Country Specific Assessment Systems
Previously, it was explained why assessment systems are specific to countries and why it is near about impossible to develop a universal assessment system applicable for every country. The different assessment systems and the specific countries where these are used are listed below:
• Leadership in Energy and Environmental Design (LEED) used in USA
• BRE Environment Assessment Method (BREEAM) used in United Kingdom
• Green Building Council of Australia (GBCA) used in Australia
• Green Mark Scheme used in Singapore
• Hong Kong Building Environmental Assessment System (HKBEAM) used in Hong Kong
• Pearl Rating System for Estidama used in Abu Dhabi
• Deutsche Gesellschaft für Nachhaltiges Bauen(DGNB) used in Germany
• Comprehensive Assessment System for Built Environment Efficiency (CASBEE) used in Japan
• Green Rating for Integrated Habitat Assessment (GRIHA) used in India.
The logos of different green building assessment systems used in various countries have been shown in Fig.1.

Some Green Buildings in the World
In this section, some of the popular green buildings already constructed throughout the world have been mentioned along with their major salient features.

Bloomberg’s New European Headquarters, London, UK
High sustainability standards are the philosophy of every aspect of the building design. Sustainable design features of this building are integrated ceiling panels, combined air supply, cooling, light and acoustic functions in a petal leaf like design. It is rated outstanding by BREEAM with a design phase score of 98.5 per cent and a final stage score of 99.1 per cent. The interior and exterior views of the building are shown in Figure 2.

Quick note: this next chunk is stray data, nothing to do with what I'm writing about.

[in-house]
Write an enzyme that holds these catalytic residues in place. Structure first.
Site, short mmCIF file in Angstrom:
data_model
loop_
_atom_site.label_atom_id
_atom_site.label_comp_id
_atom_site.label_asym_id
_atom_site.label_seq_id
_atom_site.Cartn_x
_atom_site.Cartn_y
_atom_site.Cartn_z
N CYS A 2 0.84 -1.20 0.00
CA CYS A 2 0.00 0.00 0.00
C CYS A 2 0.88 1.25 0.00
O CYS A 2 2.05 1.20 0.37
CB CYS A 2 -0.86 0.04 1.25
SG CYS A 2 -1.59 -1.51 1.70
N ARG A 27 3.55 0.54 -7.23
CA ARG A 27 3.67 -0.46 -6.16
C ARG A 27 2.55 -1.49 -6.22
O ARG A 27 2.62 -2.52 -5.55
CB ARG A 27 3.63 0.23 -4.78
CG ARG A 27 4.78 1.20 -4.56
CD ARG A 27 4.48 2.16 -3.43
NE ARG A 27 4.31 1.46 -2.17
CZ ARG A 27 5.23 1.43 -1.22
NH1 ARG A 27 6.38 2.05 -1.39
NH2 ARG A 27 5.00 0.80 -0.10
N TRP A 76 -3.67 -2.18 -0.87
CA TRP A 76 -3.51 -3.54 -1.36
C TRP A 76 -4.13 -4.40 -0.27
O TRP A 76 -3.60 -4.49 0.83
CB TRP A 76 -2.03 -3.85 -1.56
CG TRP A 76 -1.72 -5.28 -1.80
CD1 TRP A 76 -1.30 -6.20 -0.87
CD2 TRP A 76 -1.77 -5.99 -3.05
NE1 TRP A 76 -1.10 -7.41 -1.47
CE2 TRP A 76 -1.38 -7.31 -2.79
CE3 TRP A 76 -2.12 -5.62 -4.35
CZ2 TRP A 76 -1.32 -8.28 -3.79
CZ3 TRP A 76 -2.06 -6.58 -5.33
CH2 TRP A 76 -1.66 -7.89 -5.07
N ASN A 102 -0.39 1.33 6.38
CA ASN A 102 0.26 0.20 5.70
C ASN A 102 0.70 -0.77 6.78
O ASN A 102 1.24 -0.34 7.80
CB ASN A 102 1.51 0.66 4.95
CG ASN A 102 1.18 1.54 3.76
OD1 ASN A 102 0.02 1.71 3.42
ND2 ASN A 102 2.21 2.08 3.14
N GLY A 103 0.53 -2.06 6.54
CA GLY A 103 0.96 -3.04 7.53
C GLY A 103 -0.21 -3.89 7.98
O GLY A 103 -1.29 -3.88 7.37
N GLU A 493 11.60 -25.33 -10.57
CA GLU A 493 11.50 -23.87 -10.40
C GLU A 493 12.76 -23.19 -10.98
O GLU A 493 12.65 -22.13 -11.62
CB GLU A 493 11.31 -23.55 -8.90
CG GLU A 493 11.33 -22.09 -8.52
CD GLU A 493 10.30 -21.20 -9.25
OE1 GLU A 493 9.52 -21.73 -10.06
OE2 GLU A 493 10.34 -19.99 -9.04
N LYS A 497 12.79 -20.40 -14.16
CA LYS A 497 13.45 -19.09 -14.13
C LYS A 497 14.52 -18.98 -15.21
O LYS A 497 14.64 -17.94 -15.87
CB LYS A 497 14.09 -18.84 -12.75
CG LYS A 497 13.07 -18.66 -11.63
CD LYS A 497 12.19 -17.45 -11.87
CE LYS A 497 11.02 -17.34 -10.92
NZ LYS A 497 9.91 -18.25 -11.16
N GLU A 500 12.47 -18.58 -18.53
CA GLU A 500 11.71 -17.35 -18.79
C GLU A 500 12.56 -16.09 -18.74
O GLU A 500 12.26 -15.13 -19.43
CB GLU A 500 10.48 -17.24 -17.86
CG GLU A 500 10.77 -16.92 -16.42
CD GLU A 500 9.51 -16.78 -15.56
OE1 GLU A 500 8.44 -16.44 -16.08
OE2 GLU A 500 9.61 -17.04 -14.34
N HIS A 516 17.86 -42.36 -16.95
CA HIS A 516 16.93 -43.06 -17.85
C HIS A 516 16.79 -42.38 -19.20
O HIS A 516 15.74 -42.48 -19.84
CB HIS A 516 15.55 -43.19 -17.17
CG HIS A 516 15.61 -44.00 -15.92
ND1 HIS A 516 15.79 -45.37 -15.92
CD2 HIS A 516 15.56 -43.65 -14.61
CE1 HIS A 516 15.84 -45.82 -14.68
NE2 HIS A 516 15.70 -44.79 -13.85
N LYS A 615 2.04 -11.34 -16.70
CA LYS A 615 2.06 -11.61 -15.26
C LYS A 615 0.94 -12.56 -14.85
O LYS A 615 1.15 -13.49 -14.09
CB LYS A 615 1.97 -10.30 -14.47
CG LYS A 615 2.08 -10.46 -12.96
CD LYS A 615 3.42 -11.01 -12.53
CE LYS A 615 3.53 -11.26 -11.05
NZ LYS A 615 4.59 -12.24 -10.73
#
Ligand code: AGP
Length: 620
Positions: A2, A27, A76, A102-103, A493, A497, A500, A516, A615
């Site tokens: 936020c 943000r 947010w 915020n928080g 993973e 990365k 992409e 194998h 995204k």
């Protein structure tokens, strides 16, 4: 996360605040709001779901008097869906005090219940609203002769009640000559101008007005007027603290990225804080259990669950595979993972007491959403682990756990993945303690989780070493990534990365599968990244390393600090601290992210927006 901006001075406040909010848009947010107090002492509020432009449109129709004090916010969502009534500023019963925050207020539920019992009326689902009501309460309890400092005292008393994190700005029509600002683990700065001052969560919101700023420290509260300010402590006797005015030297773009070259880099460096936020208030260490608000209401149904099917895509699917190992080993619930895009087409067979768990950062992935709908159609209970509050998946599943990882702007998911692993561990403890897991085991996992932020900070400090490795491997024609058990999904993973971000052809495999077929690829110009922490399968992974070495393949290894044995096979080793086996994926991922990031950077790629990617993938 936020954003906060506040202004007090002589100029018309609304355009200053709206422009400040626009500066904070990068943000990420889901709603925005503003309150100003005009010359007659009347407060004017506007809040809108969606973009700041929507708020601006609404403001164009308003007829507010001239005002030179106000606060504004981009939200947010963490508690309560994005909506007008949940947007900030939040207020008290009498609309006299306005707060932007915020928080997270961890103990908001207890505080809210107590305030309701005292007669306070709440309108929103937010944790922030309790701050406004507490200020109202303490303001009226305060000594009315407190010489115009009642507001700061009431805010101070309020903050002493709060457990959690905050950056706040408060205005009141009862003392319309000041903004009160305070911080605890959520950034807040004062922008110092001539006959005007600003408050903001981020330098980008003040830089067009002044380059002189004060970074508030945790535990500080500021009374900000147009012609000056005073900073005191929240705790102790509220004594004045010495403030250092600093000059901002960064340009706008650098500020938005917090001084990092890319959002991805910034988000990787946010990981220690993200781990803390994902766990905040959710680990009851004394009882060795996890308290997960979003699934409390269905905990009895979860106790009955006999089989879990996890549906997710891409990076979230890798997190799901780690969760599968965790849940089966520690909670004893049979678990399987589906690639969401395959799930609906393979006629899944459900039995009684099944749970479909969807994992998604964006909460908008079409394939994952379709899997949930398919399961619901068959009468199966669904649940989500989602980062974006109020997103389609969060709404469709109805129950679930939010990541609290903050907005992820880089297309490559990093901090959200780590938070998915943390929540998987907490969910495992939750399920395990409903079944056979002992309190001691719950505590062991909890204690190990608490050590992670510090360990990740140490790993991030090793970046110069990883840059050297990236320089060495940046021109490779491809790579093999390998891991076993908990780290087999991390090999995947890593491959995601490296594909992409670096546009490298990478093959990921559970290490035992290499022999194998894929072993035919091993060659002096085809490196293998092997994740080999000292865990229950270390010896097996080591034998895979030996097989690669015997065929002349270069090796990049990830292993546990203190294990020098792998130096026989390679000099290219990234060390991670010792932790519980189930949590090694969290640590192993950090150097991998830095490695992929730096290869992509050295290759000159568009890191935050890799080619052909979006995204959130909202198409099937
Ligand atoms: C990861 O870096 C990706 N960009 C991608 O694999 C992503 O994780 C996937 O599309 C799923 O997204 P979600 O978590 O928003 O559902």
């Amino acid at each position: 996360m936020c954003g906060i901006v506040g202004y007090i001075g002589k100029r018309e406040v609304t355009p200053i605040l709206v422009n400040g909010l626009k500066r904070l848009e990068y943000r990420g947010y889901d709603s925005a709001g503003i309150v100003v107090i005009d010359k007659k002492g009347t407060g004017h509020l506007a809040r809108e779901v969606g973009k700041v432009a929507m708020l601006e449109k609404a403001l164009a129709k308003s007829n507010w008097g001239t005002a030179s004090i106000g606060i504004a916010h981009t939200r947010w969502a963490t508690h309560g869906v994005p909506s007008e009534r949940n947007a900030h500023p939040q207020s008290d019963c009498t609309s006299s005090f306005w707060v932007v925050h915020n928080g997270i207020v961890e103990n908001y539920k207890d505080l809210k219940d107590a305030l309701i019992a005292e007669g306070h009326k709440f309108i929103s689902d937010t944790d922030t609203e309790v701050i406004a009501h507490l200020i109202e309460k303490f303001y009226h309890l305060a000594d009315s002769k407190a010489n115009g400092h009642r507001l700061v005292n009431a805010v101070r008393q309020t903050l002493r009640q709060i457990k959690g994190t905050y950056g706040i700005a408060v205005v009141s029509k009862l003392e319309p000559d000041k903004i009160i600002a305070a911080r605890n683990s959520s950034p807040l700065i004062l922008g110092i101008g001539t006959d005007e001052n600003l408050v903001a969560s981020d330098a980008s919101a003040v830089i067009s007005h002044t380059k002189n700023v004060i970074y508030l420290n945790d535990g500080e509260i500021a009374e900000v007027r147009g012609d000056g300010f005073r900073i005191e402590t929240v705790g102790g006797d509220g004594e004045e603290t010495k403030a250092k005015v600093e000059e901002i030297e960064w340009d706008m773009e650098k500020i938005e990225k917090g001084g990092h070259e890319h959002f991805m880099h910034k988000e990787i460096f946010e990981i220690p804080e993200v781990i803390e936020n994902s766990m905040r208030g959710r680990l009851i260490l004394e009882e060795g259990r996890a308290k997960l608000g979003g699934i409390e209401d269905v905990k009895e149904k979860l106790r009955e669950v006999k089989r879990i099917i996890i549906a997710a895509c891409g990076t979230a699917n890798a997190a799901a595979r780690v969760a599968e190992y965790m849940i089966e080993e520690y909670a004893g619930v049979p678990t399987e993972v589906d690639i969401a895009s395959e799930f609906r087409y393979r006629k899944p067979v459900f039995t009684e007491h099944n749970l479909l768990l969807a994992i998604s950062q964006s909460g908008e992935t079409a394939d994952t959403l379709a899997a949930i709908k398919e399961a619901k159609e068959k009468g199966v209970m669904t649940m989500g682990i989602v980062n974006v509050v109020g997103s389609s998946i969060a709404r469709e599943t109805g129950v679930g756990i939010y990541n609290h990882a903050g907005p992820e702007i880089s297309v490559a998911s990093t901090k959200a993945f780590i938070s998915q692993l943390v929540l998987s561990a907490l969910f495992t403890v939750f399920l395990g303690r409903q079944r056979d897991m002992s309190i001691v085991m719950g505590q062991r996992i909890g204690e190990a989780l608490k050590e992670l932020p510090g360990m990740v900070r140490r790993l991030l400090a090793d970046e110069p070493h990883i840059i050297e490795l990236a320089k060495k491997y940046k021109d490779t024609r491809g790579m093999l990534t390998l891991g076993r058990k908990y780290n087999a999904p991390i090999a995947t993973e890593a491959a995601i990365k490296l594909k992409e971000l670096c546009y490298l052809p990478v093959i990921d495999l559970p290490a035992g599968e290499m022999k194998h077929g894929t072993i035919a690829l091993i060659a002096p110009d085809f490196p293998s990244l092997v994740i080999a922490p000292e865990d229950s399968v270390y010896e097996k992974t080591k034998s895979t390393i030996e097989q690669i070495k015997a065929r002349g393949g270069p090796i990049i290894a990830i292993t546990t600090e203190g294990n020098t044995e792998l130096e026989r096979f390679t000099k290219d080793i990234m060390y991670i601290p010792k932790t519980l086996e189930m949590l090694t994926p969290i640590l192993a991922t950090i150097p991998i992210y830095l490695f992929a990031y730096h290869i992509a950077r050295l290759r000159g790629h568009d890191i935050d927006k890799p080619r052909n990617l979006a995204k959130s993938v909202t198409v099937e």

U.S Green Buillding Council Head Quarters, Washington, USA
This building aimed at achieving all the credits available for every category under a particular LEED scorecard. Highlights of the building include rapidly renewable bamboo flooring, reused granite countertops, non-toxic paint, abundant natural daylight, daylight sensors, high efficiency lighting and renewable sources of green energy to run and maintain the building. It has LEED Platinum certification for commercial interiors.The inside and outside views of this building are shown in Figure 3.

Vodacom New Innovation Centre, South Africa
This center is created to serve as an international hub where new ideas and technology converge together. As a way of projecting this convergence of ideas, the building is aimed at being at harmony with the physical environment. Employing a number of sustainable techniques, this building is truly an engineering marvel. It israted 6-star green star by the GBCSA, first building in South Africa to achieve such status and is shown in Figure 4.